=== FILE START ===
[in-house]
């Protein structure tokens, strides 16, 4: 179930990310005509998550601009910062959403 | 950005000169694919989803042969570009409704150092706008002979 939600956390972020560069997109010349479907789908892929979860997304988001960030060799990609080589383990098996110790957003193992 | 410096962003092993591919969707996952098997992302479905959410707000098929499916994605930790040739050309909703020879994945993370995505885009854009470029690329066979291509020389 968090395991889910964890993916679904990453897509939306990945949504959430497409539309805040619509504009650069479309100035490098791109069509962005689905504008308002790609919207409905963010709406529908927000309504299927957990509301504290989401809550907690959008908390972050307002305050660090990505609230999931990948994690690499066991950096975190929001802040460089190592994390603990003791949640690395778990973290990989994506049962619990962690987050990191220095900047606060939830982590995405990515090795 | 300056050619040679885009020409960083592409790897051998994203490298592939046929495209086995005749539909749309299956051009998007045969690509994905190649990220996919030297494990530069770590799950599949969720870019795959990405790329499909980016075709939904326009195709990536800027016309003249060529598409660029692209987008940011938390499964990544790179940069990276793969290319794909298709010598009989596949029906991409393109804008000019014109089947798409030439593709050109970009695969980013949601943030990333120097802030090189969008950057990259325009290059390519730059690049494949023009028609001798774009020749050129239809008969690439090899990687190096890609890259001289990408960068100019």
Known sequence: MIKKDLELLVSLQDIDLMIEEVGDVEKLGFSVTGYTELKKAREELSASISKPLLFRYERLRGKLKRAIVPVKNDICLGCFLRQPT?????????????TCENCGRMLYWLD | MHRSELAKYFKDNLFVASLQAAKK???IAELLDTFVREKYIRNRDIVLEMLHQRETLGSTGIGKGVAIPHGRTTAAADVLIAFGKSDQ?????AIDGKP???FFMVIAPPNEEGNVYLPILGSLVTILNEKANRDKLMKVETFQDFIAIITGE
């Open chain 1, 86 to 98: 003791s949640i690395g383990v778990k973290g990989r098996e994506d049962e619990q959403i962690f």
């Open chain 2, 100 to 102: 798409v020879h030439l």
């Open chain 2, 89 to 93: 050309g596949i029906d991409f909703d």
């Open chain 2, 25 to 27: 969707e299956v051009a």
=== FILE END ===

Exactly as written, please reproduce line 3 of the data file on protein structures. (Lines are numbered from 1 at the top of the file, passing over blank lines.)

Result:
Known sequence: MIKKDLELLVSLQDIDLMIEEVGDVEKLGFSVTGYTELKKAREELSASISKPLLFRYERLRGKLKRAIVPVKNDICLGCFLRQPT?????????????TCENCGRMLYWLD | MHRSELAKYFKDNLFVASLQAAKK???IAELLDTFVREKYIRNRDIVLEMLHQRETLGSTGIGKGVAIPHGRTTAAADVLIAFGKSDQ?????AIDGKP???FFMVIAPPNEEGNVYLPILGSLVTILNEKANRDKLMKVETFQDFIAIITGE